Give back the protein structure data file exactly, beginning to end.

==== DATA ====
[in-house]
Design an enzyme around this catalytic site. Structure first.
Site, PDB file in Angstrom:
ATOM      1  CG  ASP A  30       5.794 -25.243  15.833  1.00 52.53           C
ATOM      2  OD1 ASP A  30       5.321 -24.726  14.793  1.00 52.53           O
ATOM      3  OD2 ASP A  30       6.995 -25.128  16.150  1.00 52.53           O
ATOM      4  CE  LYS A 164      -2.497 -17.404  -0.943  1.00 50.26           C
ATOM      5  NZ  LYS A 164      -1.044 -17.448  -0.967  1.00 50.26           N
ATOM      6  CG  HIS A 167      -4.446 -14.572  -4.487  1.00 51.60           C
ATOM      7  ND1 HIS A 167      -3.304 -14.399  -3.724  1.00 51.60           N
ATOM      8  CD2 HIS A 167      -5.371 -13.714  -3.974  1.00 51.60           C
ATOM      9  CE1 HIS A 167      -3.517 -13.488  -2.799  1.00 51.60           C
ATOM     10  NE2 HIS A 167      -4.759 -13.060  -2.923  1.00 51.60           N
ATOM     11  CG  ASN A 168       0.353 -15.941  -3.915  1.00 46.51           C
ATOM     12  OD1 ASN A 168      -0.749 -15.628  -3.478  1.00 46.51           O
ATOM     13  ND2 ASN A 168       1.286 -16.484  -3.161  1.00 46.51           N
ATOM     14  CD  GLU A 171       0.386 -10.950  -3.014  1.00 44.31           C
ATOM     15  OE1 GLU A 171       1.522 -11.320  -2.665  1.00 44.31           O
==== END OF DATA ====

[in-house]
Design an enzyme around this catalytic site. Structure first.
Site, PDB file in Angstrom:
ATOM      1  CG  ASP A  30       5.794 -25.243  15.833  1.00 52.53           C
ATOM      2  OD1 ASP A  30       5.321 -24.726  14.793  1.00 52.53           O
ATOM      3  OD2 ASP A  30       6.995 -25.128  16.150  1.00 52.53           O
ATOM      4  CE  LYS A 164      -2.497 -17.404  -0.943  1.00 50.26           C
ATOM      5  NZ  LYS A 164      -1.044 -17.448  -0.967  1.00 50.26           N
ATOM      6  CG  HIS A 167      -4.446 -14.572  -4.487  1.00 51.60           C
ATOM      7  ND1 HIS A 167      -3.304 -14.399  -3.724  1.00 51.60           N
ATOM      8  CD2 HIS A 167      -5.371 -13.714  -3.974  1.00 51.60           C
ATOM      9  CE1 HIS A 167      -3.517 -13.488  -2.799  1.00 51.60           C
ATOM     10  NE2 HIS A 167      -4.759 -13.060  -2.923  1.00 51.60           N
ATOM     11  CG  ASN A 168       0.353 -15.941  -3.915  1.00 46.51           C
ATOM     12  OD1 ASN A 168      -0.749 -15.628  -3.478  1.00 46.51           O
ATOM     13  ND2 ASN A 168       1.286 -16.484  -3.161  1.00 46.51           N
ATOM     14  CD  GLU A 171       0.386 -10.950  -3.014  1.00 44.31           C
ATOM     15  OE1 GLU A 171       1.522 -11.320  -2.665  1.00 44.31           O